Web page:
In 2009, Toby Ord and Will MacAskill, then graduate students in philosophy at Oxford University, started Giving What We Can, an international group whose members have pledged to give at least 10 percent of their income to anti-poverty charities. Mr. MacAskill later helped start 80,000 Hours, a group that offers career advice (the name plays off the number of hours worked in a typical career) to people who want to make the greatest positive impact on the world. The group often endorses the “earning to give” approach.

Mr. MacAskill, who coined the term “effective altruism” two years ago, says the standard philanthropic advice to give according to your passions is misguided, since it may lead donors to charities that aren’t making much of a difference or that aren’t cost-effective. He argues that the best charities in some developing countries are saving lives for a few thousand dollars a year.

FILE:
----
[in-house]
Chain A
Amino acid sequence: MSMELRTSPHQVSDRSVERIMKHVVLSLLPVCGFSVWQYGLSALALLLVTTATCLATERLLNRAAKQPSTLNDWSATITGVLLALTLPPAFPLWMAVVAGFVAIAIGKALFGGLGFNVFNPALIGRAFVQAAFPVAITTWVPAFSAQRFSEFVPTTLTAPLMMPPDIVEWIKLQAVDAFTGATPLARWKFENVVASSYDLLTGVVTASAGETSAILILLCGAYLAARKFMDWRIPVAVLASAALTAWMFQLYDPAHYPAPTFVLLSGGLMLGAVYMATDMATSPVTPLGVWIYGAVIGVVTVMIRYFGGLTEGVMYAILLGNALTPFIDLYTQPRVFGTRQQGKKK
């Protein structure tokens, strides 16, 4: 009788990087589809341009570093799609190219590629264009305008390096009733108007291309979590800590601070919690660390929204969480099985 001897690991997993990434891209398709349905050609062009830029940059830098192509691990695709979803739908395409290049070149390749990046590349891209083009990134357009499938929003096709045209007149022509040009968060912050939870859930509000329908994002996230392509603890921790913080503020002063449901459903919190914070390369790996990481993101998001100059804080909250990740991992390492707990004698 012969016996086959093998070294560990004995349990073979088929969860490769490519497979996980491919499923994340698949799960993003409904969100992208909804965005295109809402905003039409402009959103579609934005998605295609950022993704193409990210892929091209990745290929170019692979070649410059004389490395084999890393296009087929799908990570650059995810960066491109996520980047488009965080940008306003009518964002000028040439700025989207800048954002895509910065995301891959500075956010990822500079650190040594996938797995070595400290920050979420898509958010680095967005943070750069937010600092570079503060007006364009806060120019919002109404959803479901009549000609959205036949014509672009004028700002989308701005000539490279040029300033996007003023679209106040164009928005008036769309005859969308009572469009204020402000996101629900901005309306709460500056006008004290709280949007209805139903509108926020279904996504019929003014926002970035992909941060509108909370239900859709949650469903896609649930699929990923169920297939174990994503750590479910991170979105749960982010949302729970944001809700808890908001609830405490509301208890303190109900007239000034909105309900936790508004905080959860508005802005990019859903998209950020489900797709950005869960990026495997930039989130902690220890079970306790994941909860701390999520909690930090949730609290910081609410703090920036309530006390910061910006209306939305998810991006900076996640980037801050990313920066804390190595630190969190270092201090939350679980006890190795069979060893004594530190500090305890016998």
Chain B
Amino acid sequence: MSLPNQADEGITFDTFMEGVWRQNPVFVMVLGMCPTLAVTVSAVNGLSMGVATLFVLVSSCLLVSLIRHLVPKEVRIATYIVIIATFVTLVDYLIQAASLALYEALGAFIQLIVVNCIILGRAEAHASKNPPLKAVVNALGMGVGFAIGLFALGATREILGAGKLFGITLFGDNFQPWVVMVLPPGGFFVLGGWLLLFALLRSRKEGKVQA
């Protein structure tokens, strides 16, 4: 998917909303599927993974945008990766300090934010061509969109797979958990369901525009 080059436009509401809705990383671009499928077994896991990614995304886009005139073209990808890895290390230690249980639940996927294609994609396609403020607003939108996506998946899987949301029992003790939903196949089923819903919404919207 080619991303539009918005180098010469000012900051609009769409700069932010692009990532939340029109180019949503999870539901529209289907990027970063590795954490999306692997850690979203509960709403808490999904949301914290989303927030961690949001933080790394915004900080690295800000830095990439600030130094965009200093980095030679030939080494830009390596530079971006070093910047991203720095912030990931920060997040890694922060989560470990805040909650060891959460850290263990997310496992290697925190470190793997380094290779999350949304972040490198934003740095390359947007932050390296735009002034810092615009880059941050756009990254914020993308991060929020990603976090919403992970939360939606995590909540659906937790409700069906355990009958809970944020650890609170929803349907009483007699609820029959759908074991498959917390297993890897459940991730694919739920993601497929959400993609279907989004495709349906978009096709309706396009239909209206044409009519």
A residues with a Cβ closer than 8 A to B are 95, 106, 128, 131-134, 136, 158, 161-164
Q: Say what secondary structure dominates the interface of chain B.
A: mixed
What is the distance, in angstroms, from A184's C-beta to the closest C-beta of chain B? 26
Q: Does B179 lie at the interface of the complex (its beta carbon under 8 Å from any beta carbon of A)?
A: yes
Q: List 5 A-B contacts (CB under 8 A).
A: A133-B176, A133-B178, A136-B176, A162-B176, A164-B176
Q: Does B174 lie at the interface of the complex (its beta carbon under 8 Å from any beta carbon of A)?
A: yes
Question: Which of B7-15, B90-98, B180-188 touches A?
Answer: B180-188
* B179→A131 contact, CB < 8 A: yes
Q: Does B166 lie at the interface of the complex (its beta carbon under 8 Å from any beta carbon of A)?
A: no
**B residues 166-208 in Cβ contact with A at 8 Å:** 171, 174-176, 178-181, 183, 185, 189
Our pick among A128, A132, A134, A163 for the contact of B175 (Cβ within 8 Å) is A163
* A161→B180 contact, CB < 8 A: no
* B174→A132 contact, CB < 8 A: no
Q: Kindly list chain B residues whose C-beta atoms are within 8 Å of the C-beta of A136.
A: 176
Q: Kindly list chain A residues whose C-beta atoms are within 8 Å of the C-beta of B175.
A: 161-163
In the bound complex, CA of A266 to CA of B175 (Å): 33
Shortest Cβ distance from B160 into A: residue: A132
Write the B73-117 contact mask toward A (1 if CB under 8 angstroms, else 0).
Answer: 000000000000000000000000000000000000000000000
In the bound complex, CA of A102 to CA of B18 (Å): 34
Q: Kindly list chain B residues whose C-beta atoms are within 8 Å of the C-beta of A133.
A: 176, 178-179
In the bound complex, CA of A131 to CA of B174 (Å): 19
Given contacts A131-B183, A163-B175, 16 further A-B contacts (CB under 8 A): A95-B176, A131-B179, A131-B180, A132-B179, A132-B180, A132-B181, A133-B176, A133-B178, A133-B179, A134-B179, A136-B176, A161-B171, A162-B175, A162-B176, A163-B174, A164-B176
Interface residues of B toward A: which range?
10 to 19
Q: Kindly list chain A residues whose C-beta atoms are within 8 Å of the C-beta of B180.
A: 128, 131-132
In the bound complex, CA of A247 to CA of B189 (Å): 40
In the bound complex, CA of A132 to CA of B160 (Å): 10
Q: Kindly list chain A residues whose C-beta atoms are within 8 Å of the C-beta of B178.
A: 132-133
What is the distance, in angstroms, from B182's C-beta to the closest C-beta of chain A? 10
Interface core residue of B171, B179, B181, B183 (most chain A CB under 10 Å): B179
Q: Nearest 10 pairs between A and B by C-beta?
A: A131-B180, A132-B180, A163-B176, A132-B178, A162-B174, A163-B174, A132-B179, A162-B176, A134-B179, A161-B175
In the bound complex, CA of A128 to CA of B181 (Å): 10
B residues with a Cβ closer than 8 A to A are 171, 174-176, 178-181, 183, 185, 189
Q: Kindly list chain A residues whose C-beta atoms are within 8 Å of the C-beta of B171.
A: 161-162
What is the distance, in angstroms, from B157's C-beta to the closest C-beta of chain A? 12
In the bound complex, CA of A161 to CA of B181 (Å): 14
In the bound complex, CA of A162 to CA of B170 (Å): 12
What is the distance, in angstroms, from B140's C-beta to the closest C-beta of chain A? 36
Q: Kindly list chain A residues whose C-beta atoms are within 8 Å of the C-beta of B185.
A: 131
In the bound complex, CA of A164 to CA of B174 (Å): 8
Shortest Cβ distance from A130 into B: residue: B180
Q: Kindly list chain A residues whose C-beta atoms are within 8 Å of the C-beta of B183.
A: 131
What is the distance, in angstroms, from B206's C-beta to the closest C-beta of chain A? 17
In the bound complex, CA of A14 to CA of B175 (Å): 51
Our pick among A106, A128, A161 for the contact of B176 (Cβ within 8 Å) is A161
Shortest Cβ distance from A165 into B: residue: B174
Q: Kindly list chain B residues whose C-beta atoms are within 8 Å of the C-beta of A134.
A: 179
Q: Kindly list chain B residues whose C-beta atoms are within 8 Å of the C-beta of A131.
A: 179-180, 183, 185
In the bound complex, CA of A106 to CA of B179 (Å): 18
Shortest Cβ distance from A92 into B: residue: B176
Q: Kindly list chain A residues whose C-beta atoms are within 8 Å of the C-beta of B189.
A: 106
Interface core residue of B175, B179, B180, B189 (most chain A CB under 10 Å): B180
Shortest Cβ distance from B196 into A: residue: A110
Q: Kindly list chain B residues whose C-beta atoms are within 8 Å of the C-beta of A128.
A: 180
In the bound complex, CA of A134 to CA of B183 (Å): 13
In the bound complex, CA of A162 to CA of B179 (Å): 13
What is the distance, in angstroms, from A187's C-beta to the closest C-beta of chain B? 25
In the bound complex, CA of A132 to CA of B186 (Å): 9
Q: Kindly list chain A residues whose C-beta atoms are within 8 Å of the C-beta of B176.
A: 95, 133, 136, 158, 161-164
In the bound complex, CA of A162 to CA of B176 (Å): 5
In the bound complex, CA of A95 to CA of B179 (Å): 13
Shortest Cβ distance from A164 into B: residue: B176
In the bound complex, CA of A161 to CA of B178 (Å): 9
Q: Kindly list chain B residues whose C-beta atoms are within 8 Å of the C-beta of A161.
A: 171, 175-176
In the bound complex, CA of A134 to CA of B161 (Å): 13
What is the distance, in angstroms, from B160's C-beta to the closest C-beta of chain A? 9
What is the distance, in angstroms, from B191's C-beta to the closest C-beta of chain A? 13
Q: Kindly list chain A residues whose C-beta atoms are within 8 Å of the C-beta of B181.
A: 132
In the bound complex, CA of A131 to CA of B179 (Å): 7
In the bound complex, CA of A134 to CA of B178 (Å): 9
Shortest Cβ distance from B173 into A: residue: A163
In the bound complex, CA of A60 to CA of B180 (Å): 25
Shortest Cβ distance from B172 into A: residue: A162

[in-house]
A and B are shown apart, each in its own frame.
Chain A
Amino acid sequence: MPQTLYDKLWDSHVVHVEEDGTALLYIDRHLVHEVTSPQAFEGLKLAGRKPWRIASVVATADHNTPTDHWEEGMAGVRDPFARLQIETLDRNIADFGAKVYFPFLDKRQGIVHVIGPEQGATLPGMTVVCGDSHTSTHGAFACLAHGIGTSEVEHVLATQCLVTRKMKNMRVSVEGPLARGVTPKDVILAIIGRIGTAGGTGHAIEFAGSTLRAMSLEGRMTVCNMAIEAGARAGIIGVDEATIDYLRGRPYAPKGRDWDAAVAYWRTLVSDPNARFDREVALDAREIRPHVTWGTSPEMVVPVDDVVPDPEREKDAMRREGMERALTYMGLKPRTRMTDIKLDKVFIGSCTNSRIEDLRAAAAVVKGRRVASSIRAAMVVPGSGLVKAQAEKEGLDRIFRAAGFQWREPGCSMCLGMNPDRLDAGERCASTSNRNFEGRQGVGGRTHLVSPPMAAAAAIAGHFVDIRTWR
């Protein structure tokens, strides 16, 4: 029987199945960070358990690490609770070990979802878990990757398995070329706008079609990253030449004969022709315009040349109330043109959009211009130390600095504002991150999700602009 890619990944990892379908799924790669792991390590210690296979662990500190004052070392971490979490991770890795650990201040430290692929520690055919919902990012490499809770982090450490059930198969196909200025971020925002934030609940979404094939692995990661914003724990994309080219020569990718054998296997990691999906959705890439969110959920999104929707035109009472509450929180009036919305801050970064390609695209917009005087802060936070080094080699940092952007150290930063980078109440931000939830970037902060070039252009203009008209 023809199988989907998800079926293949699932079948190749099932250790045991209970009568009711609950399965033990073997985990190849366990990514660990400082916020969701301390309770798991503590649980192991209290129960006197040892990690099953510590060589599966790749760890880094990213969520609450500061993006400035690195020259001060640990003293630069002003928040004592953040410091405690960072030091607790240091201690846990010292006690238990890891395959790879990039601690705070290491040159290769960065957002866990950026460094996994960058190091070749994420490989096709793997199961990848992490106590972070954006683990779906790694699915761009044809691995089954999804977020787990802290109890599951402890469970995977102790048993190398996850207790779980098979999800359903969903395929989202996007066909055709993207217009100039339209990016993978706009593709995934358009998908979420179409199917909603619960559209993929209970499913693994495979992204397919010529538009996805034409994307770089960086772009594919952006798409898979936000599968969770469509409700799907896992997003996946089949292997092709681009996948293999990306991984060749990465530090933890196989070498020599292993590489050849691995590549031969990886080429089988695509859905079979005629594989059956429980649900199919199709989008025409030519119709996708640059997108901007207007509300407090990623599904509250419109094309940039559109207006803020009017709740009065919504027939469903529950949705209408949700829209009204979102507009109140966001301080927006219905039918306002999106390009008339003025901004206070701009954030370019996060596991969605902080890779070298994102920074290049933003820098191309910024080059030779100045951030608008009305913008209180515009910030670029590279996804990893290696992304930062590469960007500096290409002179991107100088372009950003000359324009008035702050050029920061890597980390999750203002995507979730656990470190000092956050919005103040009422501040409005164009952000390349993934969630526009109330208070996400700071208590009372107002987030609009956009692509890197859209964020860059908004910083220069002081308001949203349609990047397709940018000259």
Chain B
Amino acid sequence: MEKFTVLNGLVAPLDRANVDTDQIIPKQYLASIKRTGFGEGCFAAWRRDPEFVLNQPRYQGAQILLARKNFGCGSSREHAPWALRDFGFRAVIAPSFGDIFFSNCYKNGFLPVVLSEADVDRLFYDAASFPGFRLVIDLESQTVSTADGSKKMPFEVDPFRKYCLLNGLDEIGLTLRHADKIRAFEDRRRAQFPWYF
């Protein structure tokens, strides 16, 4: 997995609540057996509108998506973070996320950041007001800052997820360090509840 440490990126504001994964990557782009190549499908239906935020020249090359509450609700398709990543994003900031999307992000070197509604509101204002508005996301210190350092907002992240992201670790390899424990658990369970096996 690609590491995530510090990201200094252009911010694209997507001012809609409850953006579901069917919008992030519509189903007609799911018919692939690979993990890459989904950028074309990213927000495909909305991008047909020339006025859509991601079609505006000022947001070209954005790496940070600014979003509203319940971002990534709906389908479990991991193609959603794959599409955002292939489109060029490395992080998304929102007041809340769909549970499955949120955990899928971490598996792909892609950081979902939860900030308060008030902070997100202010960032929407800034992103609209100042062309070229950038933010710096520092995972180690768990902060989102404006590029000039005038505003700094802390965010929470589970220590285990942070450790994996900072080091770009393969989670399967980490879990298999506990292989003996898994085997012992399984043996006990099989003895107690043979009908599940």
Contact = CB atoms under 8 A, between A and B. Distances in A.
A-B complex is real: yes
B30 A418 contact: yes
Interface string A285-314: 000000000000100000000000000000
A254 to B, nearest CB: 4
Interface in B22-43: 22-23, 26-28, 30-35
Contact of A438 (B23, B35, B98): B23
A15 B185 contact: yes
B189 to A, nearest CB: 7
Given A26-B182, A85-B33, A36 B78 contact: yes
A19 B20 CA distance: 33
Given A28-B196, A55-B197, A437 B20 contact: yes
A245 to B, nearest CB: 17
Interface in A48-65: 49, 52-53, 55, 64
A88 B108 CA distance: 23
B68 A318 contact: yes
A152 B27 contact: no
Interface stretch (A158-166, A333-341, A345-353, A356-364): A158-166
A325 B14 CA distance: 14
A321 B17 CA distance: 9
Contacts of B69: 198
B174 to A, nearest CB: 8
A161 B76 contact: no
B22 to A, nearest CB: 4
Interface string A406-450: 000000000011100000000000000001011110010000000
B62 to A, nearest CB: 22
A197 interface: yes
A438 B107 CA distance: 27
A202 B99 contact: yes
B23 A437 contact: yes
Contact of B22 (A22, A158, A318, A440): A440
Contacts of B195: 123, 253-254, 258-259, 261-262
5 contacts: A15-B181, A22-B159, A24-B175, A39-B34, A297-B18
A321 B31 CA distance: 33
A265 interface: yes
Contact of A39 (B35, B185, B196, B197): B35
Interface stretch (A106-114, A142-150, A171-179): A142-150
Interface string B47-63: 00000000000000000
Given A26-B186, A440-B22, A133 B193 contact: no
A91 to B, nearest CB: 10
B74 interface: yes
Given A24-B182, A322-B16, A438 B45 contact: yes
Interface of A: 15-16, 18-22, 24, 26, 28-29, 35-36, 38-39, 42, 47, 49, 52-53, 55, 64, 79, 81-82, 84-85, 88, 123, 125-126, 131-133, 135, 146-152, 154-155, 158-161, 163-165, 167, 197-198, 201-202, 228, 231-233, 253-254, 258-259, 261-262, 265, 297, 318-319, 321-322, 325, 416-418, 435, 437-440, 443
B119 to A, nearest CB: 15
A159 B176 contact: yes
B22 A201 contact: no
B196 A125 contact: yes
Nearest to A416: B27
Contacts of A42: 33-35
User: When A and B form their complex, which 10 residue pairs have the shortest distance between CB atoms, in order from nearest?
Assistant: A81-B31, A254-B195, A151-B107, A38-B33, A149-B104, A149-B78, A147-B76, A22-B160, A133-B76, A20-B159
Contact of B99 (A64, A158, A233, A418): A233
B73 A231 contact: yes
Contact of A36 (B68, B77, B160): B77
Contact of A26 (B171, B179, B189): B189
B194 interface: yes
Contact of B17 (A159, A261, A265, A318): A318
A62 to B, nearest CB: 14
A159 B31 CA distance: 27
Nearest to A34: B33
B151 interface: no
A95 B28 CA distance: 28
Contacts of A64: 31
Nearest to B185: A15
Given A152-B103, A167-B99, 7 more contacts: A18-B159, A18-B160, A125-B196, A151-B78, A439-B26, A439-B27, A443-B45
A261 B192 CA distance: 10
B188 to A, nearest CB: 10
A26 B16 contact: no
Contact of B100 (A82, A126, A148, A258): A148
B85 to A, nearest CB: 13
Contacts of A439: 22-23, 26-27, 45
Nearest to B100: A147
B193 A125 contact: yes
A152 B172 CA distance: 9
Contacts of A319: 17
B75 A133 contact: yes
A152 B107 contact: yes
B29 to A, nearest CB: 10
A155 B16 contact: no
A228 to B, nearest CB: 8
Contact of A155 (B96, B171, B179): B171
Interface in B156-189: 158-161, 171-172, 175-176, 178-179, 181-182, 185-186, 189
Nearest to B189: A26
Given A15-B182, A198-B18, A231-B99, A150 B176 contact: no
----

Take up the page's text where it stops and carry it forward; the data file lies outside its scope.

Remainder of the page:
“If you give locally and think that’s the best way of doing good, then you’re saying that saving the life of someone close to you is worth 10 times as much as saving the life of someone in the developing world,” he says.

Many members of the effective-altruism movement say their worldview shifted after they read Famine, Affluence, and Morality, a widely assigned essay by Mr. Singer, in high school or college.

In the 1972 essay, Mr. Singer, now a professor at Princeton University, writes about witnessing starving Bangladesh Liberation War refugees and argues that people in wealthy countries have a moral duty to give generously to reduce suffering in developing countries.